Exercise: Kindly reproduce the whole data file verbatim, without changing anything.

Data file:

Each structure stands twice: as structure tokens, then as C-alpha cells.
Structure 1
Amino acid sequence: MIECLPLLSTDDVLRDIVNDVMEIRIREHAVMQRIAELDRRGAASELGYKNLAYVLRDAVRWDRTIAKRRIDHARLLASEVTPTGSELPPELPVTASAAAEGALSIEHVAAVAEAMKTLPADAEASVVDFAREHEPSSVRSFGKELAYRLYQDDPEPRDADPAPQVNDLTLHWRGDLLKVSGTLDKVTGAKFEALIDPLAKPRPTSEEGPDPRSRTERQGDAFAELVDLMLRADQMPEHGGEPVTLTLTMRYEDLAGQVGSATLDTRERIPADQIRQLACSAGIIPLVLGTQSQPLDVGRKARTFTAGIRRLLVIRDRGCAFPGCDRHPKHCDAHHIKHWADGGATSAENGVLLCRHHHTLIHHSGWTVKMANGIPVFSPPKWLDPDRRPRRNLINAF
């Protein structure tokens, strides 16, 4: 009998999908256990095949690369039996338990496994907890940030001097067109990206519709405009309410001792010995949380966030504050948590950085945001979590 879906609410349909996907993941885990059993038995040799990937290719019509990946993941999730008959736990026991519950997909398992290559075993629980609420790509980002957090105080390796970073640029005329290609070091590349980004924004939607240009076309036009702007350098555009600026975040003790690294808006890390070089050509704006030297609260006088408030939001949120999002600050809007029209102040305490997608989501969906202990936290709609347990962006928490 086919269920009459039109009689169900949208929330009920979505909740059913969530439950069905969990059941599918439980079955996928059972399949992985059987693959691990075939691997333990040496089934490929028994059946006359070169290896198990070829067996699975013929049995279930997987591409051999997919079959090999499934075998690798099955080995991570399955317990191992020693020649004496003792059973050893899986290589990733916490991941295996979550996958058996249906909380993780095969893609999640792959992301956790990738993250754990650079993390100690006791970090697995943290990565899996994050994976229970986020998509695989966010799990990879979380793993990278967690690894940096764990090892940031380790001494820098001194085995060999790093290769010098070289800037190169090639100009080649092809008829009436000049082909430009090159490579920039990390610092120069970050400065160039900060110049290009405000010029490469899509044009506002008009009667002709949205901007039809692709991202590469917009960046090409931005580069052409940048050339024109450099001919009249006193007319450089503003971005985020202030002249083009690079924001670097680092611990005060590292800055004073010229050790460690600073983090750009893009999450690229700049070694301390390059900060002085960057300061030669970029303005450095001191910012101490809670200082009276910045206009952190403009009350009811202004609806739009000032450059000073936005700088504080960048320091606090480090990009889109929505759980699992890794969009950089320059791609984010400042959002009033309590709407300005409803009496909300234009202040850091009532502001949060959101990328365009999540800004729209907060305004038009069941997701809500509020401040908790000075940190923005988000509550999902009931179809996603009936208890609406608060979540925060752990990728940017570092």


Each structure stands twice: as structure tokens, then as C-alpha cells.
Structure 1
Amino acid sequence: MIECLPLLSTDDVLRDIVNDVMEIRIREHAVMQRIAELDRRGAASELGYKNLAYVLRDAVRWDRTIAKRRIDHARLLASEVTPTGSELPPELPVTASAAAEGALSIEHVAAVAEAMKTLPADAEASVVDFAREHEPSSVRSFGKELAYRLYQDDPEPRDADPAPQVNDLTLHWRGDLLKVSGTLDKVTGAKFEALIDPLAKPRPTSEEGPDPRSRTERQGDAFAELVDLMLRADQMPEHGGEPVTLTLTMRYEDLAGQVGSATLDTRERIPADQIRQLACSAGIIPLVLGTQSQPLDVGRKARTFTAGIRRLLVIRDRGCAFPGCDRHPKHCDAHHIKHWADGGATSAENGVLLCRHHHTLIHHSGWTVKMANGIPVFSPPKWLDPDRRPRRNLINAF
């Protein structure tokens, strides 16, 4: 009998999908256990095949690369039996338990496994907890940030001097067109990206519709405009309410001792010995949380966030504050948590950085945001979590 879906609410349909996907993941885990059993038995040799990937290719019509990946993941999730008959736990026991519950997909398992290559075993629980609420790509980002957090105080390796970073640029005329290609070091590349980004924004939607240009076309036009702007350098555009600026975040003790690294808006890390070089050509704006030297609260006088408030939001949120999002600050809007029209102040305490997608989501969906202990936290709609347990962006928490 086919269920009459039109009689169900949208929330009920979505909740059913969530439950069905969990059941599918439980079955996928059972399949992985059987693959691990075939691997333990040496089934490929028994059946006359070169290896198990070829067996699975013929049995279930997987591409051999997919079959090999499934075998690798099955080995991570399955317990191992020693020649004496003792059973050893899986290589990733916490991941295996979550996958058996249906909380993780095969893609999640792959992301956790990738993250754990650079993390100690006791970090697995943290990565899996994050994976229970986020998509695989966010799990990879979380793993990278967690690894940096764990090892940031380790001494820098001194085995060999790093290769010098070289800037190169090639100009080649092809008829009436000049082909430009090159490579920039990390610092120069970050400065160039900060110049290009405000010029490469899509044009506002008009009667002709949205901007039809692709991202590469917009960046090409931005580069052409940048050339024109450099001919009249006193007319450089503003971005985020202030002249083009690079924001670097680092611990005060590292800055004073010229050790460690600073983090750009893009999450690229700049070694301390390059900060002085960057300061030669970029303005450095001191910012101490809670200082009276910045206009952190403009009350009811202004609806739009000032450059000073936005700088504080960048320091606090480090990009889109929505759980699992890794969009950089320059791609984010400042959002009033309590709407300005409803009496909300234009202040850091009532502001949060959101990328365009999540800004729209907060305004038009069941997701809500509020401040908790000075940190923005988000509550999902009931179809996603009936208890609406608060979540925060752990990728940017570092």